Some say there should be no Black History Month, and to be honest, I wholeheartedly agree with them. Not because of the reasons they cite for its elimination but rather because you cannot neatly package the black American experience, the acomplishments, and the past and present injustices into 7.67% of the calendar year. One of the characteristics that make America great is that it is the product of the numerous and vastly different cultures that have come together in one place to make a better life for themselves and, in the process, make this country a better place. Like so many other groups, black Americans have and continue to leave an indelible imprint on this country’s greatness. From Crispus Attucks, widely considered to be the first American casualty in the American Revolutionary War, to former President Barack Obama, to Vice President Kamala Harris, this country and what it is today would not be what it is if not for the accomplishments of the black American. Yet for all its greatness, America also bears an unpleasant stain on its resume, and we would be remiss to ignore or pretend it does not exist. This stain is not merely Black history. It is American history, and it must be taught to future generations and discussed in an honest and open dialogue. As Frederick Douglass said, “The life of a nation is secure only while the nation is honest, truthful, and virtuous.” That unpleasant stain is, of course, America’s treatment of the Black American. From the stripping of our culture to the chains of bondage forced upon us; From the lash of the whip to the rape of our women: From the separation of families to the denial of even the most basic education for our young; From the countless number of non-prosecuted cases of murder to the reign of terror carried out by such terrorist organizations like the KKK; From the institutional and legalized discrimination practiced under Jim Crow to today’s use of discriminatory lending, hiring and housing practices. The black American experience has been met with countless hurdles throughout American history. Those hurdles cannot nor should they be expected to be neatly packaged into 7.67% of the calendar year. The past is not a comfortable one to remember but remember it; we must know that the suffering of millions of black Americans wasn’t in vain. So that as a country, we can learn and grow from the mistakes of our past so that it can never happen again. And so that young black Americans can grow up with the understanding that despite all we have been through as a people, not only are we are still here, but we have, and we continue to accomplish great things every day. As a nation, the only way we can continue to grow and maintain our excellence is if we move forward together as one. Black Americans still face many obstacles in this country, but it is our country. We have fought for it and died for it; we have contributed to its excellence and flaws. We are as much a part of the fabric of this country as any other group. So no, the Black experience is not just something that should be acknowledged for only 7.67% of the year because Black history is American history, and that is the history we all make every day.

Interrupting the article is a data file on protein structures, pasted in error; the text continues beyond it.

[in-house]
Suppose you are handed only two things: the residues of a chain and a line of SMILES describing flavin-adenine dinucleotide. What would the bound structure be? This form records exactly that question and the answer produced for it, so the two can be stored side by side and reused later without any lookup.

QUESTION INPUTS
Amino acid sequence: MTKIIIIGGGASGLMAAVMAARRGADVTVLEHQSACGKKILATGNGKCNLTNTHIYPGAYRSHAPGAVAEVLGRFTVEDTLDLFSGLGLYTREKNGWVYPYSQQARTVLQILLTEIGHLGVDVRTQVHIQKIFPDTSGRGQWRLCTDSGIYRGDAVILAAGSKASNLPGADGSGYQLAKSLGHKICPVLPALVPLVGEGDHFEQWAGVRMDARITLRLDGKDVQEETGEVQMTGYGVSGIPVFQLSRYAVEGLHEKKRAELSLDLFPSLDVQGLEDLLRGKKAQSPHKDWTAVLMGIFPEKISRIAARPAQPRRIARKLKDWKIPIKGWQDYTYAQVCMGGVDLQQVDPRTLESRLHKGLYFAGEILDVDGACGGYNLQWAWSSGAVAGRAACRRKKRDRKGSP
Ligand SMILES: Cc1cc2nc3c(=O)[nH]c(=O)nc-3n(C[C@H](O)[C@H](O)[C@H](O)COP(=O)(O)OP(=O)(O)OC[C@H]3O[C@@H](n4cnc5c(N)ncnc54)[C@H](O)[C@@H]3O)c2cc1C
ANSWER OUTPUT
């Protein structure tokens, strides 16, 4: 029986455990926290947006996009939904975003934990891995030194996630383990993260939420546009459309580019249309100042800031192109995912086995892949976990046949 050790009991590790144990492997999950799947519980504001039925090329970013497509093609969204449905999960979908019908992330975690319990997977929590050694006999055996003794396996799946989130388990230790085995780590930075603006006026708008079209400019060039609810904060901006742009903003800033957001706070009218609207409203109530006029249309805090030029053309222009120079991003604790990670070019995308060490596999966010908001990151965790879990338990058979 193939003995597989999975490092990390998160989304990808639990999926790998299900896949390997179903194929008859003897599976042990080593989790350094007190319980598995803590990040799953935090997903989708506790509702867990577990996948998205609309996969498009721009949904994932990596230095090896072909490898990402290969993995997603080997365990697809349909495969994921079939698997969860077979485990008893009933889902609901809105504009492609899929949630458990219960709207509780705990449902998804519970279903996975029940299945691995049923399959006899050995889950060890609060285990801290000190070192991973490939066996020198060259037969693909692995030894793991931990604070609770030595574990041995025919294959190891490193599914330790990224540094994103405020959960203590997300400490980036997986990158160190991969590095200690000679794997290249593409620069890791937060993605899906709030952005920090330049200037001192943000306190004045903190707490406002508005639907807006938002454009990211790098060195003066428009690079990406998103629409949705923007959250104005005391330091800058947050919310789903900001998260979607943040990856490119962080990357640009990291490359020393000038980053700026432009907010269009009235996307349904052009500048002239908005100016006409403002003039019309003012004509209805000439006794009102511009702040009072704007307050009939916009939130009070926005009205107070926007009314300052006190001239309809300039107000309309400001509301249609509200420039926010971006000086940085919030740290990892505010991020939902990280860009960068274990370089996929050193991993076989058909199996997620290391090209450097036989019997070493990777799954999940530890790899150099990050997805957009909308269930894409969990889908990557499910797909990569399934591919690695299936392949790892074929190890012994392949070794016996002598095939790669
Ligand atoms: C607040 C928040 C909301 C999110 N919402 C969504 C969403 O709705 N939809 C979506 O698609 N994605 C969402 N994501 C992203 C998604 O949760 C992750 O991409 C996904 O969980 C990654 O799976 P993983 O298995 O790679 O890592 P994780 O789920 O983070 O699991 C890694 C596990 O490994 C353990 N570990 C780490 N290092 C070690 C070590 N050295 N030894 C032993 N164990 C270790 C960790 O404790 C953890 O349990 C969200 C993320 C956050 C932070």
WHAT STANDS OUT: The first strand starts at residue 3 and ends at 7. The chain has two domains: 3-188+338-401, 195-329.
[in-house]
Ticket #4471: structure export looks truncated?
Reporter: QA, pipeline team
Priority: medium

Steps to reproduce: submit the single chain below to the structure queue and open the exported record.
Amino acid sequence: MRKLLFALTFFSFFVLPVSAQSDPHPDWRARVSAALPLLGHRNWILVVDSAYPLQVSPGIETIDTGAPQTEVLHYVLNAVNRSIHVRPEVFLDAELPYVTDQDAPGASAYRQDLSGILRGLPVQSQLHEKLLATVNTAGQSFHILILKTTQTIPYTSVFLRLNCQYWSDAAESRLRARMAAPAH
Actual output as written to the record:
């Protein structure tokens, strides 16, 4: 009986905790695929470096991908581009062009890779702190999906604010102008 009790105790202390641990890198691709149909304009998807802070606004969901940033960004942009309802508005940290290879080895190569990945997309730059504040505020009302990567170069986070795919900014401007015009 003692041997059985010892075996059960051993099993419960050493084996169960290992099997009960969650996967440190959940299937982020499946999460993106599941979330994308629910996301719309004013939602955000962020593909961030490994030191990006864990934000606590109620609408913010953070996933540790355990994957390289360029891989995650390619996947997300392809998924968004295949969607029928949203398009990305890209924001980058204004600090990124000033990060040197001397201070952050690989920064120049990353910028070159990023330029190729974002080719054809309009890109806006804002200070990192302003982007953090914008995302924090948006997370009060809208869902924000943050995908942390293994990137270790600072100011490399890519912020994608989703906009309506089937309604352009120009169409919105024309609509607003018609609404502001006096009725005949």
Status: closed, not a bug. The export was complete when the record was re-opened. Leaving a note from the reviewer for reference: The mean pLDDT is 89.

Drug dealers, gang bangers, fatherless, welfare-dependent prisoners are some of the images that the media bombard us with. When faced with these images daily, many of us begin to accept them and have lower life expectations of ourselves. In essence, we are letting the stereotypes of others define who we are rather than defining ourselves. The positive images of African Americans is often that of athletes and hip hop stars, implying that there are limited roads to success within the African-American community. Protest against social injustice by African Americans stars is spun as unpatriotic and done by individuals who are fortunate that society has given them so much. Notice I said given, not earned, because, for many, the thought of the African American working hard and earning their position in society is a foreign concept. As Carter G. Woodson said, “to handicap a student by teaching him that his black face is a curse and that his struggle to change his condition is hopeless is the worst sort of lynching.”